Islamic finance roundtable: The new contest to be the capital of Islamic finance

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After the World Islamic Economic Forum was held in a Muslim minority country – the UK – for the first time. Euromoney quizzed the envoys of rival centres on their ambitions.

Islamic finance roundtable: Participants

Why is it important for your state to develop its status as an Islamic international financial centre?

JS, Dubai
At the moment, there is no obvious frontrunner in Islamic finance in the [Middle East], and we believe that this is an area where Dubai and the Dubai International Financial Centre (DIFC) can take the lead and set a benchmark for innovation and activity, in line with His Highness Sheikh Mohammed’s recently articulated three-year strategy of Dubai becoming a global capital of the Islamic economy.

Source: World Islamic Economic Forum
The initiative illustrates the emirate’s commitment to diversifying the UAE economy and establishing Dubai as a global leader in the Islamic economy, focusing on several sectors including finance, the halal food industry, family-friendly tourism, the digital economy, fashion, economic education, and standards and certification.

SW, UK Islamic finance is growing 50% faster than traditional banking and global Islamic investments are set to grow to £1.3 trillion [$2.14 trillion] by 2014. But the UK government believes that the sector has even greater potential, and we want Islamic finance to achieve that potential here in the UK.

As the most international financial and business centre, with a leading position in emerging markets, we want to make sure a big proportion of those investments are made in and through the UK. And engaging in Islamic finance is also an important part of the government’s strategy to diversify and rebalance our economy, working with new markets and taking advantage of emerging trends.

AK, Istanbul In terms of being a financial centre, Istanbul draws its road map to be a regional hub and global actor at the beginning and then to be a global financial centre.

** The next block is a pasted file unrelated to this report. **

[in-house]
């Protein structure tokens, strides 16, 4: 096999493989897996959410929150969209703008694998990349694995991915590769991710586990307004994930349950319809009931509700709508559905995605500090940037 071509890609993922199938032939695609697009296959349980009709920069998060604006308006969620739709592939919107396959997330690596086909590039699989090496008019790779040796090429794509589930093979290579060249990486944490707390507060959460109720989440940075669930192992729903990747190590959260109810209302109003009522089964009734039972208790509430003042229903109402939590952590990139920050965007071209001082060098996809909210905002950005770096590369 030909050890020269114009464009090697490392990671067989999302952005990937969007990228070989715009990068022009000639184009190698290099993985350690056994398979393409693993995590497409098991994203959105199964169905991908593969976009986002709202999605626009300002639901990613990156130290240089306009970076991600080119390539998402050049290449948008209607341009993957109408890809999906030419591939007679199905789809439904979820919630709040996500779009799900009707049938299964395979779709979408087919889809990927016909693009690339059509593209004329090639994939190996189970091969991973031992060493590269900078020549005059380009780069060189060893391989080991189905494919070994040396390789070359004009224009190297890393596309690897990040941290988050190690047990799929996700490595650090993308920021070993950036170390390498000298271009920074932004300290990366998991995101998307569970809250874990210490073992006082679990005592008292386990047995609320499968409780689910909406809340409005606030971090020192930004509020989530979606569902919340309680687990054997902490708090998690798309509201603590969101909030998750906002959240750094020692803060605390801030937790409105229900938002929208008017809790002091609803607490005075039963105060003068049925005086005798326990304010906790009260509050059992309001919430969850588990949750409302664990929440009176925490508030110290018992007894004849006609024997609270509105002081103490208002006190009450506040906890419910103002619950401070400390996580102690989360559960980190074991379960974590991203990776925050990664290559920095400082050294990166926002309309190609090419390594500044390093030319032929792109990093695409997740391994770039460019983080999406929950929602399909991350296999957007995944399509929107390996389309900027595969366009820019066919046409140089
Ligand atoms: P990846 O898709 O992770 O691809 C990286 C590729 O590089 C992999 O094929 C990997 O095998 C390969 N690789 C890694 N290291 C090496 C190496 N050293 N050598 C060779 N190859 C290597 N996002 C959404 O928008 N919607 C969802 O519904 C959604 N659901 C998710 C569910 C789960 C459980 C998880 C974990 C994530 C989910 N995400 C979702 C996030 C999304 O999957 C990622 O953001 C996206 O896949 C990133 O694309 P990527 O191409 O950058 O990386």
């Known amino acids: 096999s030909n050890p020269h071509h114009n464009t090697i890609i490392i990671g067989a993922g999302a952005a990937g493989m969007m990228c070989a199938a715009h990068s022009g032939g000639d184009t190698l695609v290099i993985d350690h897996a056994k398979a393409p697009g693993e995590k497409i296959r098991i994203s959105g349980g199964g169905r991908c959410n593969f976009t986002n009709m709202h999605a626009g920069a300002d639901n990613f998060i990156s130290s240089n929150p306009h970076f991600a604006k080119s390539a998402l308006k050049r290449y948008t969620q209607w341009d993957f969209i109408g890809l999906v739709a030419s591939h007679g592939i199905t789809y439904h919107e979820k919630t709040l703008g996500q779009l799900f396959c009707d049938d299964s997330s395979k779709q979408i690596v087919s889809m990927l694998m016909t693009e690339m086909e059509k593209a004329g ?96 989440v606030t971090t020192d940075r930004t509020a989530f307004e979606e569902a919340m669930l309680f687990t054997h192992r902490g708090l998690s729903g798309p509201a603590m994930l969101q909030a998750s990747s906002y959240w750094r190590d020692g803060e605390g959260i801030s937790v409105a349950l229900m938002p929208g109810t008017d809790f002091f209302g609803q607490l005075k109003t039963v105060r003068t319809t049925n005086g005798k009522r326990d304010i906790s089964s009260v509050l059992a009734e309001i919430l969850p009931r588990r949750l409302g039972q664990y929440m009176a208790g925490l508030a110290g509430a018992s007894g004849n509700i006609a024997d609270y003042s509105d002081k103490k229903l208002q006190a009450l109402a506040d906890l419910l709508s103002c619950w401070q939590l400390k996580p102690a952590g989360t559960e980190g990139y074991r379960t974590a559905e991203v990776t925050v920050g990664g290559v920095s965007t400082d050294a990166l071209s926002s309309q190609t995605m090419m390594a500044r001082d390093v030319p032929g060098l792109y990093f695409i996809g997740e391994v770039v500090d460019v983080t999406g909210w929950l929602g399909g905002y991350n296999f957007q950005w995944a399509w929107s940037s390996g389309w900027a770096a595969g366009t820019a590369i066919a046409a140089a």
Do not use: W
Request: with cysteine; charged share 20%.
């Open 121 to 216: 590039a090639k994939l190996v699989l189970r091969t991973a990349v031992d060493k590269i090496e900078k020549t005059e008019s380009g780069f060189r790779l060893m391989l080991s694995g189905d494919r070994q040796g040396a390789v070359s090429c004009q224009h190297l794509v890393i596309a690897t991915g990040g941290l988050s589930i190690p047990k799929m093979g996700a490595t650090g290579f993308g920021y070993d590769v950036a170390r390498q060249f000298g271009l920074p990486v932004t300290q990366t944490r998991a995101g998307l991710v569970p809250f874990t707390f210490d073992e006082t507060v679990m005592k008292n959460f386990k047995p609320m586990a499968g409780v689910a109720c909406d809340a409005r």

Istanbul is a safe haven that can attract savings from the Gulf region. This is going to be the first step in attracting long-term investments from the Gulf area to help Turkey to cope with its current-account deficit problem

NM, Luxembourg Islamic finance is a natural diversification for the financial centre, calling on skills that form the core of Luxembourg’s expertise: creativity in asset structuring, international real estate investment and cross-border distribution of financial products and services.

Luxembourg is already recognized as the leading Islamic fund centre outside the Muslim world. According to the 2013 Lipper global Islamic asset management report, it lies in third place globally, both by the number of funds (111) and assets under management ($4 billion).

What makes an attractive financial centre for Islamic finance?

KH, Bahrain Clearly there are some legal and regulatory hurdles that can prevent centres from reaching their potential. Stamp duty is a particularly well-known example of a law that can cause problems for Shariah-compliant investment and where many jurisdictions will need to adapt legislation to avoid unfair charges being imposed on many Islamic finance transactions.

Finally, as with any financial centre, Islamic finance will not thrive unless there is an experienced, well-trained local workforce in place. After all, it isn’t the buildings that matter: it’s the people you put in them.

NM, Luxembourg Any financial centre that reaches the short list must have a legal framework that accepts the concept of Islamic products and services, a network of tax treaties with the appropriate countries and a body of knowledgeable service establishments.

However, the deal is likely to be clinched by two further factors that are regularly cited as of top priority by Islamic investors: stability and political support. Stability – evidenced by political and fiscal continuity – is the first priority. This is closely followed by high-level political engagement. Islamic investors expect easy access to the relevant authorities and for these authorities to create a level playing field by confirming or adopting an appropriate legal and tax framework.

JS, Dubai The attractiveness of any financial centre is reliant on a combination of factors – the need for a market, strong regional growth and a robust infrastructure offering. These, coupled with soft infrastructure, such as legal and regulatory structures that aid and ensure market activity and growth, are critical to the success of an Islamic finance – or other financial sector – centre. In our case, DIFC works closely with the Dubai Financial Services Authority (DFSA) to ensure that legislation and regulations are updated to support the growth of Islamic finance.

What makes your state attractive for the industry?

AK, Istanbul Historically and culturally there has been substantial knowledge in Turkey of Islamic finance and financial practices since the Ottoman period. Turkey’s geographic and political proximity to Europe and the Gulf countries increases its chance of becoming a centre.

NM, Luxembourg Luxembourg combines a high level of physical security (the city is frequently nominated safest city in the world), together with exceptional political, economic and social stability.